What Kind of Professional Development Best Supports Principals Right Now?
When the National Association of Secondary School Principals (NASSP) released a report earlier this year that indicated a looming exodus of principals from PreK-12 schools, many in the education field found the results alarming—but not surprising. From managing significant changes in running their schools during the pandemic and increased political tensions to having to become overnight crisis management and crisis communications managers, principals have been running a race without a finish line since early 2020.
At the same time, the profession itself is changing. As schools start to play even more of a key role in helping students become responsible citizens, develop a healthy sense of self, and prepare them for their future, principals have the opportunity to focus less on the compliance tasks and be the visionary leaders schools need—strengthening school communities and having the courageous conversations that make those strong communities possible.
Impactful and sustainable professional development (PD) may hold the key to both retaining your best school leaders and giving them the working conditions where they can thrive. As you’re looking to find new ways to support your principals, here are four essential professional learning needs that principals are looking for:
Impactful and sustainable professional development may hold the key to both retaining your school leaders and giving them the working conditions where they can thrive.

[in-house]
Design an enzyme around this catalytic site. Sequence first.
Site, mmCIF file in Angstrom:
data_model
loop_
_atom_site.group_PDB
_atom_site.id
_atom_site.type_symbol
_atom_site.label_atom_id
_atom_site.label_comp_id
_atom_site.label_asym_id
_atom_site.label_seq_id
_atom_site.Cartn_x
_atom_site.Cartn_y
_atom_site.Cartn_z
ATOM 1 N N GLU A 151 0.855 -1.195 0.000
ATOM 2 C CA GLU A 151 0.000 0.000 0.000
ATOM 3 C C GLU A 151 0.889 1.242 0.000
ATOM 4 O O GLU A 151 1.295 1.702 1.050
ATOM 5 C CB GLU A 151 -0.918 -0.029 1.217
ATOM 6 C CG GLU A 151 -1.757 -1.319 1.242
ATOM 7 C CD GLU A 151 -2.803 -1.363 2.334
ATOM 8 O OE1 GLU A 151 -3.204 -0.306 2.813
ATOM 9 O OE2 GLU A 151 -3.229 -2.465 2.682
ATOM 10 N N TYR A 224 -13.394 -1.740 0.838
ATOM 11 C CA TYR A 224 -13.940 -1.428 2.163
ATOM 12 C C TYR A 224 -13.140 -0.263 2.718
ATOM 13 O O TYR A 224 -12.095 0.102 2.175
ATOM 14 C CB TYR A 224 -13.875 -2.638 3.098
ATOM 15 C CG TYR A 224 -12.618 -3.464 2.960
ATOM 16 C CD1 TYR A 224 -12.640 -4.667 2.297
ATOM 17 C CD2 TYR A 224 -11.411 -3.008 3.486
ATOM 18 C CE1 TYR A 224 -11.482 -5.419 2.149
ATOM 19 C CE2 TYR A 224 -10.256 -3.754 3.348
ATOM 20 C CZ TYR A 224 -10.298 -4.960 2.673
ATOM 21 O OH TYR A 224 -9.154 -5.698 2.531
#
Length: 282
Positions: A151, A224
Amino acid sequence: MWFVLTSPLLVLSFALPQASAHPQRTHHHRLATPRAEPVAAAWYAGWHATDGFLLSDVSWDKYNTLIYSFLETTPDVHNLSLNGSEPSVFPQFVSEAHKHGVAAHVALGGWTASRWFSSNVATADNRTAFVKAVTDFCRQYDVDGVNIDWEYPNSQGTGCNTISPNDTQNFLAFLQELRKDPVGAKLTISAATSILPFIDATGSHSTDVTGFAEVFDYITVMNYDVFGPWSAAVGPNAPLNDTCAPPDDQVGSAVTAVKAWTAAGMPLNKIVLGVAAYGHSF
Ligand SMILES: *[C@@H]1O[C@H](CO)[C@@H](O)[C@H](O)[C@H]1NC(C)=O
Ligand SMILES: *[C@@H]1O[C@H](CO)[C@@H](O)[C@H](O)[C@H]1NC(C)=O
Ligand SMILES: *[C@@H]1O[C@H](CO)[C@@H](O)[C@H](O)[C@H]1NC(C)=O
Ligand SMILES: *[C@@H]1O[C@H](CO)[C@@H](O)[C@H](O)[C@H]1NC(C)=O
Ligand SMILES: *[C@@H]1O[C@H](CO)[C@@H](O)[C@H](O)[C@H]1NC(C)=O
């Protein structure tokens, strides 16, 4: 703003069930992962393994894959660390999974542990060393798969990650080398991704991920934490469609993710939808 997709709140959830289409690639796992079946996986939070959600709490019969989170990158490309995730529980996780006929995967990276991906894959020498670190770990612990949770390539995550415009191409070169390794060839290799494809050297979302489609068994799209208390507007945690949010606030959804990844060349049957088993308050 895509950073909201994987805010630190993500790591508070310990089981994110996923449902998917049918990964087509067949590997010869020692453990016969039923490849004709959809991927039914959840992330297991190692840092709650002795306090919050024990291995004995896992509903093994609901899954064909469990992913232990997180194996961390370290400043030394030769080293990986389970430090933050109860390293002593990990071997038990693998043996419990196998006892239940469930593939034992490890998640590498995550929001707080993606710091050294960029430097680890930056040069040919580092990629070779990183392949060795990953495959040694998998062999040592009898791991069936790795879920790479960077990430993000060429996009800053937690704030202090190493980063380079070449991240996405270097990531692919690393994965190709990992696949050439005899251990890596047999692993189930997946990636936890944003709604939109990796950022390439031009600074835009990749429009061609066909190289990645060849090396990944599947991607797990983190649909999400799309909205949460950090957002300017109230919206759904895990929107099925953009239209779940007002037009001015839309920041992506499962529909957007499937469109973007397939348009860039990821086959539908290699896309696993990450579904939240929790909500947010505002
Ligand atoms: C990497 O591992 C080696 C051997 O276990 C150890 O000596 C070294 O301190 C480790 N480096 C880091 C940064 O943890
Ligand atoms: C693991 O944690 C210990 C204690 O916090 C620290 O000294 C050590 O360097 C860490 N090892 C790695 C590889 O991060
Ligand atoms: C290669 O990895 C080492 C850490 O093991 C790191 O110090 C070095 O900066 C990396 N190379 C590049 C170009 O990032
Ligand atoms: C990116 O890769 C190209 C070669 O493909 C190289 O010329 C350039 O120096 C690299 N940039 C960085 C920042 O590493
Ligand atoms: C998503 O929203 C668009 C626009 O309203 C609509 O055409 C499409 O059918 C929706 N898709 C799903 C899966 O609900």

Continuous, job-embedded PD
The primary focus of any leadership development opportunity is for leaders to translate theory into practice. When principals are able to apply what they’ve learned through incremental, repetitive, and targeted practice, it becomes an embedded part of their day-to-day work. There are plenty of opportunities for school leaders to engage and participate in collaborative cohorts and peer networks, but one of the most impactful ways for them to truly practice what they’re learning is through a coaching or mentor relationship.
The relationship between a principal and their coach is one-to-one and focused on their specific needs. Depending on where principals are in their leadership role and where they want to be, a coach is able to work with them on co-developing an action plan for getting there and fueling student success. Coaching also provides a non-judgemental space to talk through concerns with another leader who has been in their shoes—support that can’t be underestimated. At New Leaders, for example, our coaches are former principals, school systems leaders, teachers, and industry experts, and 57% of our staff identify as people of color.